Prior to the agricultural improvements of the 18th and 19th centuries traditional farming methods included taking cattle and sheep to summer grazings in the hills. This ensured that stock did not encroach onto growing crops and meadows, and made use of the upland pasture.
Groups of summer huts were built in sheltered glens, by a burn, usually several miles away from the main township or fermtoun. They provided shelter for the women and children who went to herd the stock, milk them and make butter and cheese. Patches of enriched grass still flourish in the immediate vicinity of the ruined huts, marking the focus of what would have been quite extensive shieling grounds.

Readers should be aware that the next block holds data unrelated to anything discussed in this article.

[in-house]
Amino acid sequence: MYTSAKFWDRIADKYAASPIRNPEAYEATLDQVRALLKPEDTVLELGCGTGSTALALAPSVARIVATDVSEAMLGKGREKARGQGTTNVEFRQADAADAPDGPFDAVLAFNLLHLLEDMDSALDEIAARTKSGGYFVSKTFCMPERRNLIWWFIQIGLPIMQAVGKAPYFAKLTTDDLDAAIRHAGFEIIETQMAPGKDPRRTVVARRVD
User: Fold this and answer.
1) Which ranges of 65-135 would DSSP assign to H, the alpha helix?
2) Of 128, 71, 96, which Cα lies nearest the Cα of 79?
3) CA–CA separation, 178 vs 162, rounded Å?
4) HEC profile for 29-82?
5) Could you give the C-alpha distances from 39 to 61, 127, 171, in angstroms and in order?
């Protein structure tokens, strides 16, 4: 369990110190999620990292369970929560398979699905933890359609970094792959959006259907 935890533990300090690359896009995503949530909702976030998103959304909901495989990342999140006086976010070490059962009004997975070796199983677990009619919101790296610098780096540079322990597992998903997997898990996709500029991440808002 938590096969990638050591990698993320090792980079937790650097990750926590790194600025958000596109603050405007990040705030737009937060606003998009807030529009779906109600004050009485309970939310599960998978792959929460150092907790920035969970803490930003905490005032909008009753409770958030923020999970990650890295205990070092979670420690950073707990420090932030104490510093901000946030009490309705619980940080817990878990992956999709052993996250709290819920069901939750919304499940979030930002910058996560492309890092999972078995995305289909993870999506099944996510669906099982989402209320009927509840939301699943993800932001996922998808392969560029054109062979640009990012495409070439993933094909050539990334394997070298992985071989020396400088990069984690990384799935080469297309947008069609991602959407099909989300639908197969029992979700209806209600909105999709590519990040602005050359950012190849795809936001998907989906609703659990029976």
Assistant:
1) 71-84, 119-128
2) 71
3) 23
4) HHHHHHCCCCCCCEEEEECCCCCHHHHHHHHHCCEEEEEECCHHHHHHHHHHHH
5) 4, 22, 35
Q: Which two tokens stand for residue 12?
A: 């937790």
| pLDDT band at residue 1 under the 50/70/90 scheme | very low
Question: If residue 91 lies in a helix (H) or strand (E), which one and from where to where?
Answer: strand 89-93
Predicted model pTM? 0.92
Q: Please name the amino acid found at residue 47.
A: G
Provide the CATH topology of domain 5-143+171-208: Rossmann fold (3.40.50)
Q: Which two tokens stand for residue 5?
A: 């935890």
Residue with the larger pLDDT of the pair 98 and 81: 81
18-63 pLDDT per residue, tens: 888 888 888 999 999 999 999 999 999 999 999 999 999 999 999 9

This shieling hut is one of a group at Chest of Dee in Aberdeenshire that was revealed after heather-burning. Aerial photographs, historical and current OS maps are all used to identify these areas, although fieldwork recorded in Canmore can provide additional information.